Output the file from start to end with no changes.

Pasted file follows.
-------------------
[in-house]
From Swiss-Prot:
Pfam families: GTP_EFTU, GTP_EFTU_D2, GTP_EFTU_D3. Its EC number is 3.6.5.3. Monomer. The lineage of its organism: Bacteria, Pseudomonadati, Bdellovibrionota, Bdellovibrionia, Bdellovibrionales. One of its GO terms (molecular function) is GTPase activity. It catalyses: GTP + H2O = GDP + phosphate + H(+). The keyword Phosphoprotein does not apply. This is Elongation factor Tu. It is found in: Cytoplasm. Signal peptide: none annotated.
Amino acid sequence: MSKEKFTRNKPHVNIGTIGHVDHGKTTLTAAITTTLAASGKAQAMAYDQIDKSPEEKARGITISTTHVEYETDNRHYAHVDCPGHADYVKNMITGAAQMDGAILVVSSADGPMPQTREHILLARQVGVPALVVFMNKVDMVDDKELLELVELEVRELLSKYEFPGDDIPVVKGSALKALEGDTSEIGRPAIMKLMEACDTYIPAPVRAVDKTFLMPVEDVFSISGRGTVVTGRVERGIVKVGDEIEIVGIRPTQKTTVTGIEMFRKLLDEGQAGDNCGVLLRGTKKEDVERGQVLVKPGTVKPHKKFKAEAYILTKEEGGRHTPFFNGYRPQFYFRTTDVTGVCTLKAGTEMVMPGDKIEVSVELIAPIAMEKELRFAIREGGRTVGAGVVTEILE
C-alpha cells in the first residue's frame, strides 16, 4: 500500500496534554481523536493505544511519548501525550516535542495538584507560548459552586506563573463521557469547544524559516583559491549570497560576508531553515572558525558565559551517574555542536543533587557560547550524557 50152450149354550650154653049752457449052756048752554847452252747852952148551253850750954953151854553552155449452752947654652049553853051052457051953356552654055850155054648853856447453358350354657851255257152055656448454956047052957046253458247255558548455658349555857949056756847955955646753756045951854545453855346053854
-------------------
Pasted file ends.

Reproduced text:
[in-house]
From Swiss-Prot:
Pfam families: GTP_EFTU, GTP_EFTU_D2, GTP_EFTU_D3. Its EC number is 3.6.5.3. Monomer. The lineage of its organism: Bacteria, Pseudomonadati, Bdellovibrionota, Bdellovibrionia, Bdellovibrionales. One of its GO terms (molecular function) is GTPase activity. It catalyses: GTP + H2O = GDP + phosphate + H(+). The keyword Phosphoprotein does not apply. This is Elongation factor Tu. It is found in: Cytoplasm. Signal peptide: none annotated.
Amino acid sequence: MSKEKFTRNKPHVNIGTIGHVDHGKTTLTAAITTTLAASGKAQAMAYDQIDKSPEEKARGITISTTHVEYETDNRHYAHVDCPGHADYVKNMITGAAQMDGAILVVSSADGPMPQTREHILLARQVGVPALVVFMNKVDMVDDKELLELVELEVRELLSKYEFPGDDIPVVKGSALKALEGDTSEIGRPAIMKLMEACDTYIPAPVRAVDKTFLMPVEDVFSISGRGTVVTGRVERGIVKVGDEIEIVGIRPTQKTTVTGIEMFRKLLDEGQAGDNCGVLLRGTKKEDVERGQVLVKPGTVKPHKKFKAEAYILTKEEGGRHTPFFNGYRPQFYFRTTDVTGVCTLKAGTEMVMPGDKIEVSVELIAPIAMEKELRFAIREGGRTVGAGVVTEILE
C-alpha cells in the first residue's frame, strides 16, 4: 500500500496534554481523536493505544511519548501525550516535542495538584507560548459552586506563573463521557469547544524559516583559491549570497560576508531553515572558525558565559551517574555542536543533587557560547550524557 50152450149354550650154653049752457449052756048752554847452252747852952148551253850750954953151854553552155449452752947654652049553853051052457051953356552654055850155054648853856447453358350354657851255257152055656448454956047052957046253458247255558548455658349555857949056756847955955646753756045951854545453855346053854